Band-tailed Pigeon

Band tailed pigeon Orinda - Jeff Robinson

Band-tailed Pigeon
Columba fasciata

Pigeons and doves share many characteristics.  All make some sort of “coo-ing” call and usually feed on the ground.  They have the unique ability to suck up water without having to tilt back their head and both males and females produce a special “pigeon milk” for feeding young.

Unlike familiar city pigeons (called rock pigeons), band-tailed pigeons are California natives and prefer habitats with tall trees in which to hide.  They eat seeds, fruit, and acorns on the ground and are frequent visitors to backyard bird feeders.  To tell band-tailed pigeons apart from other pigeons, look for dark eyes, yellow bills and yellow legs.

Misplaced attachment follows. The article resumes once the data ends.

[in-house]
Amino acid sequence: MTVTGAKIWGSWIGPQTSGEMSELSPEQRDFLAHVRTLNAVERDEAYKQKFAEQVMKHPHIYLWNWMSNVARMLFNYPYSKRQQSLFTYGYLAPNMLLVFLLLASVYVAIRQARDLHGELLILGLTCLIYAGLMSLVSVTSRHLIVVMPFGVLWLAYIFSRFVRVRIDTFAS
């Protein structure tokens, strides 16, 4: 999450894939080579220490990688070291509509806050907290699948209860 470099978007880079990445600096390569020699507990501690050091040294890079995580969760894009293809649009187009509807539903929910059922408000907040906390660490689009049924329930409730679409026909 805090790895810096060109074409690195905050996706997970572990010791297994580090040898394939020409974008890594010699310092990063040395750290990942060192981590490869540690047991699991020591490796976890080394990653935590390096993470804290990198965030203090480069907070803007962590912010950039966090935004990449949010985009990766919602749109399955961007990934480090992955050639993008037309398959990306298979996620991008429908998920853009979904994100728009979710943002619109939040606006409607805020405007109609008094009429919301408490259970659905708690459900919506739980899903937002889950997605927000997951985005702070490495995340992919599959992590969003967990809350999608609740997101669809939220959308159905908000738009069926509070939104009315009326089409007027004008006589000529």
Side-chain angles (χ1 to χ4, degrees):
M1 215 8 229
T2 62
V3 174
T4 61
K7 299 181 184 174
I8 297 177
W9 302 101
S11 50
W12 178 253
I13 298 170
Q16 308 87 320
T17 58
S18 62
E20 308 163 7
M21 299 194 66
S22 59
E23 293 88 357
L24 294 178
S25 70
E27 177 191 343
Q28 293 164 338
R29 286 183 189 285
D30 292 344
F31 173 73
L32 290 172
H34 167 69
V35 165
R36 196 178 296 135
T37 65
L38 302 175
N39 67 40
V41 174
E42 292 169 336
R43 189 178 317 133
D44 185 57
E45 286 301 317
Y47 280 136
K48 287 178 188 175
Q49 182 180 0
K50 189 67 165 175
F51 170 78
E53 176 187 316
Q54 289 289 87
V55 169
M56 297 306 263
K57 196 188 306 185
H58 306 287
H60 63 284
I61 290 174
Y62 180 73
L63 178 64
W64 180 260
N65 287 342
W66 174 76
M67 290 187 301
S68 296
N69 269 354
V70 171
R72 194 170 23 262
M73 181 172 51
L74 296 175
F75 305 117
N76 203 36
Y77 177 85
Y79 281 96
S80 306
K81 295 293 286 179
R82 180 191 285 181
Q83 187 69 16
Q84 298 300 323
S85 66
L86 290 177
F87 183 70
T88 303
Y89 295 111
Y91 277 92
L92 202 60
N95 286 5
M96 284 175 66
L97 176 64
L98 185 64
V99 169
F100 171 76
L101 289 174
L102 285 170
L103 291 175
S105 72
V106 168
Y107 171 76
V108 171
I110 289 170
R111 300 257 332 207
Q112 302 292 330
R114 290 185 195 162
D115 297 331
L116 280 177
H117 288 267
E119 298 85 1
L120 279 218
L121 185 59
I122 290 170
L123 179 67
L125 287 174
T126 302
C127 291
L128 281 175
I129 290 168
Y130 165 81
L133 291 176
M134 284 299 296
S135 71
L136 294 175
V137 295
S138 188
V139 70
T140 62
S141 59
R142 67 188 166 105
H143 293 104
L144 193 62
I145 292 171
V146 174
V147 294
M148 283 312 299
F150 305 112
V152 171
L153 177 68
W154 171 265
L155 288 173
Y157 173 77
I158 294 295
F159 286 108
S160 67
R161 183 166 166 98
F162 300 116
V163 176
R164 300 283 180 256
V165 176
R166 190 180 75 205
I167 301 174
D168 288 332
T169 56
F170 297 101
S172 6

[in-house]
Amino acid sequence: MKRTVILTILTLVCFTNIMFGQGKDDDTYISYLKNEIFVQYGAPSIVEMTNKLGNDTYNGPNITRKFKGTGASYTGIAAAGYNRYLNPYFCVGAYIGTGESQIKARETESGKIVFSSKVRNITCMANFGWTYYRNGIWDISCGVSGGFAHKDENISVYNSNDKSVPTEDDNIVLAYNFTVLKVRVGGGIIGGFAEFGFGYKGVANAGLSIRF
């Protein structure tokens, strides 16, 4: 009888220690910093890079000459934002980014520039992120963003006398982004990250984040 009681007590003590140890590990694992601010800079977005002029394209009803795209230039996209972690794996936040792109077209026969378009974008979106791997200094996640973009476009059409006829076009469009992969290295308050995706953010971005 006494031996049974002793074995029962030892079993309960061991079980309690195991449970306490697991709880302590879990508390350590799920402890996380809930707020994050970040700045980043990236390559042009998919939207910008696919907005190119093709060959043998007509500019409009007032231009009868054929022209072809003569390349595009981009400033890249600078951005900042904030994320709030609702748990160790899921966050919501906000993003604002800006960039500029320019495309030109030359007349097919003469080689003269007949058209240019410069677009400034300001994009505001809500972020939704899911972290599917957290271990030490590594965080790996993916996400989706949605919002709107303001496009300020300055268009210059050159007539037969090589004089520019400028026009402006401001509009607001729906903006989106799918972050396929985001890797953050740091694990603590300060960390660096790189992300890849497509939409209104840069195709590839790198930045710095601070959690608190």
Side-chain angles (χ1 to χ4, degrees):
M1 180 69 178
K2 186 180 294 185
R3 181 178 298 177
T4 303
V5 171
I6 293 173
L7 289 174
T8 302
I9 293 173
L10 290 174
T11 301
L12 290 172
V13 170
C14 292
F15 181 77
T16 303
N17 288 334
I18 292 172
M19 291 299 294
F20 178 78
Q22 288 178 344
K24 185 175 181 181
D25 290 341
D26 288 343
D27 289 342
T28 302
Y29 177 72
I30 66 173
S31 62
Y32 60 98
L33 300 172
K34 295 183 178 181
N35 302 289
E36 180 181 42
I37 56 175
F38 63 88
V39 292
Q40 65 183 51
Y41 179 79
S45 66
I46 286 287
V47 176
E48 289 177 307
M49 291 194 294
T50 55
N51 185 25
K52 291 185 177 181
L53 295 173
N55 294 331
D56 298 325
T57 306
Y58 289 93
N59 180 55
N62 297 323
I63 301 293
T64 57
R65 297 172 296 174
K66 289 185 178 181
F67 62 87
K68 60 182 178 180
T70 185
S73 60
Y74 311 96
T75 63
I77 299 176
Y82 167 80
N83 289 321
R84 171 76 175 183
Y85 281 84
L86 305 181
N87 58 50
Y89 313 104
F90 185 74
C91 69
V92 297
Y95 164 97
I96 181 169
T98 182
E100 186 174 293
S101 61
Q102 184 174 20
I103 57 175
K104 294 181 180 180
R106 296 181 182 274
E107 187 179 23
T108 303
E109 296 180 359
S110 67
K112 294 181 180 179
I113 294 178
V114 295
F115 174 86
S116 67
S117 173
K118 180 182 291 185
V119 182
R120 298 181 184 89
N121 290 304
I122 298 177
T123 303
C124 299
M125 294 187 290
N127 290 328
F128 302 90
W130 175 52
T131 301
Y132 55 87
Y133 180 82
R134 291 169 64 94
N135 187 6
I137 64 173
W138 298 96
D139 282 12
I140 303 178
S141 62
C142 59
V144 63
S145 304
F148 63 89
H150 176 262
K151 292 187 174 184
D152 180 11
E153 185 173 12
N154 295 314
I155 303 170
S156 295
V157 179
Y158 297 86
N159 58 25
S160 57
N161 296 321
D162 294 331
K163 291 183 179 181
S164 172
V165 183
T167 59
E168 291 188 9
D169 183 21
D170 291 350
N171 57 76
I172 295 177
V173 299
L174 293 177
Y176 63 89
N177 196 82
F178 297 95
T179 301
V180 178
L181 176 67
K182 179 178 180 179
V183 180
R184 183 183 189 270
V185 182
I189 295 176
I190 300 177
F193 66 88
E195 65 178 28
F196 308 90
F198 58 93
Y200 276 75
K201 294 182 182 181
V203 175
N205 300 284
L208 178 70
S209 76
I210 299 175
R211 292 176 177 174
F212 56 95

Orinda, our band-tailed pigeon flew into a window and was treated for an injured wing in our wildlife hospital.  Although her wing healed, she cannot fly well enough to live in the wild.  Named for the city where she was found, Orinda has lived at the museum since 2008 and currently resides in our exhibit hall.